An Extraordinary Advocacy Of Animal Rights

“In the Vegan Manifesto, Sue Coe, human champion of rights for those whose voice most humans do not hear, has crafted a masterpiece: at once visually stunning and spiritually invigorating.”Dr. Michael Greger, author of How Not to Die Sue Coe is the most important and prolific political artist of our time. Her work explores and exposes every form of injustice suffered by both humans and nonhumans. With respect to the latter, her incisive eye-both trenchant and gentle-lays bare the profound immorality of animal exploitation and constitutes a clarion call to us all to reject it. Coe understands that the moral status of animals requires that we go vegan and no one who looks at the stunning work in this book will be able to disagree.”Gary L. Francione, Distinguished Professor of Law and Nicholas deB. Katzenbach Scholar of Law and Philosophy, Rutgers School of Law. Sue Coe also garners impressive accolades from distinguished figures in the world of graphic design, including art directors, Robert Priest and Robert Newman, and political caricaturist, Steve Brodner. Plus, Life Elsewhere creator and host, Norman B says, Sue Coe’s extraordinarily powerful work has intrigued me since my art school days! What a treat to be able to welcome her to the program.” Sue Coe joins Norman B for the next edition to talk about The Animals’ Vegan Manifesto.

We are very pleased to announce that Life Elsewhere will now be aired on Cornucopia Radio run by an enterprising and enthusiastic bunch over in the UK.

Life Elsewhere airs:
Sundays 12 noon ET at The Source WMNF HD3  

Mondays 5.00pm PT & Wednesdays 2.00pm PT at NWCZ Radio
Thursdays 6.00pm ET at Internet Radio Network
Fridays at 9.00pm GMT on Cornucopia Radio

Life Elsewhere Music airs:
Wednesdays at 3.00pm Pacific Time on NWCZ Radio
Fridays at 10.00am Eastern Time on I R N

You can hear all the volumes over at Mixcloud

The Curious Hidden World Of Felines

“Billy, my cross-eyed Siamese cat had an unusual habit. Before he would settle in to enjoy a nice meal of whatever ridiculously expensive gourmet cat food I provided, he would clamber up to the top of a dresser in my bedroom. Once perched on top, he would skillfully reach down with a paw and open the top draw. Then, he would peek inside and carefully snatch hold of a pair of my underpants. Once secured on his claws, he would transfer the garment to his mouth. From there, he would almost bounce down from his perch and head for his food dish with Marks & Spencer’s* finest dangling from his clenched teeth. When he arrived at said dish, he would carefully arrange my undies around the edge and finally proceed to eat, with what I hope was a satisfied glint in his sadly misaligned eyes. This is a story I couldn’t wait to share with Thomas McNamee.” Says Norman B. It makes perfect sense, after all, McNamee is the author of The Inner Life of Cats – The Science and Secrets of Our Mysterious Feline Companions. With a naturalist’s eye combined with humor and a warm heart, Thomas brings the always wild, yet domesticated cat into delightful and insightful focus. Thomas McNamee joins Norman B for the next edition of Life Elsewhere to talk about his definitive book on the hidden world of felines and hopefully explain the curious antics of Billy, the cross-eyed Siamese cat.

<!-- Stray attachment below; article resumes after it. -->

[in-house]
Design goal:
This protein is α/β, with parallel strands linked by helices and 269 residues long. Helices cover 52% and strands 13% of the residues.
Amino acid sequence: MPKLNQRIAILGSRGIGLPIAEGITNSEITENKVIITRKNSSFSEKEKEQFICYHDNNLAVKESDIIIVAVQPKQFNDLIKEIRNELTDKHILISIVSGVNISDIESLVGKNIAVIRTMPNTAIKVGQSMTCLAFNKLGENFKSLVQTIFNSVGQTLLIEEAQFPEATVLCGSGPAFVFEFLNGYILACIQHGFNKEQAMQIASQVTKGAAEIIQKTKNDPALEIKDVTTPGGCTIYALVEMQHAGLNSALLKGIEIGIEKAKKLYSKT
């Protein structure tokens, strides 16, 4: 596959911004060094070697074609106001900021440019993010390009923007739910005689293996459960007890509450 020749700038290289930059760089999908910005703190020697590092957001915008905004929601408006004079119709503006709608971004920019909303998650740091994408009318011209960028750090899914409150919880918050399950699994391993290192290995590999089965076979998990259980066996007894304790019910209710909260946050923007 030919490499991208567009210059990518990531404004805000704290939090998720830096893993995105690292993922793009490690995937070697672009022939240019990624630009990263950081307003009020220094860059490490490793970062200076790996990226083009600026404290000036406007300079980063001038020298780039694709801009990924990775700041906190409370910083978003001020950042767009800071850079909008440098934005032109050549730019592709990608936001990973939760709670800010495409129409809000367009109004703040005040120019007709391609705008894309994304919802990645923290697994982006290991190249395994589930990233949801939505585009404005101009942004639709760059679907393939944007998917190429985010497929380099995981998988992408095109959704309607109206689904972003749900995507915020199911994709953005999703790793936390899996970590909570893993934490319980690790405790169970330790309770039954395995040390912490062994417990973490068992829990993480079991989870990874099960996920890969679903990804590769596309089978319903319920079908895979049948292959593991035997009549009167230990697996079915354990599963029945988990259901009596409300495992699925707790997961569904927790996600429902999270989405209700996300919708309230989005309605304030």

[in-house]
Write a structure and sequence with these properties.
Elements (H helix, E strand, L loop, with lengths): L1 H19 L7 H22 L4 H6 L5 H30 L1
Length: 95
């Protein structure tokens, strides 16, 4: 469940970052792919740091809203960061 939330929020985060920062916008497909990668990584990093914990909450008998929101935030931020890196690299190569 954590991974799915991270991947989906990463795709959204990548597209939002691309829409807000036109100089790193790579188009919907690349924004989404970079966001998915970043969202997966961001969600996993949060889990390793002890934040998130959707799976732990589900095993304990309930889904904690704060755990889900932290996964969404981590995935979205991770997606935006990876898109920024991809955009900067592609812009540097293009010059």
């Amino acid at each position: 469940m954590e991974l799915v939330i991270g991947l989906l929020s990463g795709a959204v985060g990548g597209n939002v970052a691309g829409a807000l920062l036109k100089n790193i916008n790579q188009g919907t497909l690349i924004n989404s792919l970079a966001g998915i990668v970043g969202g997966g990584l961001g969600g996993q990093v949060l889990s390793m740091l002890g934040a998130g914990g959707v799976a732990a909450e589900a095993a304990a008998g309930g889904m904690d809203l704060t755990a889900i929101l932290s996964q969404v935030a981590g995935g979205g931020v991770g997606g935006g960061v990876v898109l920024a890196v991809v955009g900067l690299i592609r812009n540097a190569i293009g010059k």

*Marks & Spencer explained

We are very pleased to announce that Life Elsewhere will now be aired on Cornucopia Radio run by an enterprising and enthusiastic bunch over in the UK.

Life Elsewhere airs:
Sundays 12 noon ET at The Source WMNF HD3  

Mondays 5.00pm PT & Wednesdays 2.00pm PT at NWCZ Radio
Thursdays 6.00pm ET at Internet Radio Network
Fridays at 9.00pm GMT on Cornucopia Radio

Life Elsewhere Music airs:
Wednesdays at 3.00pm Pacific Time on NWCZ Radio
Fridays at 10.00am Eastern Time on I R N

You can hear all the volumes over at Mixcloud

American Catch. Whisk(e)y Distilled. Cork Dork.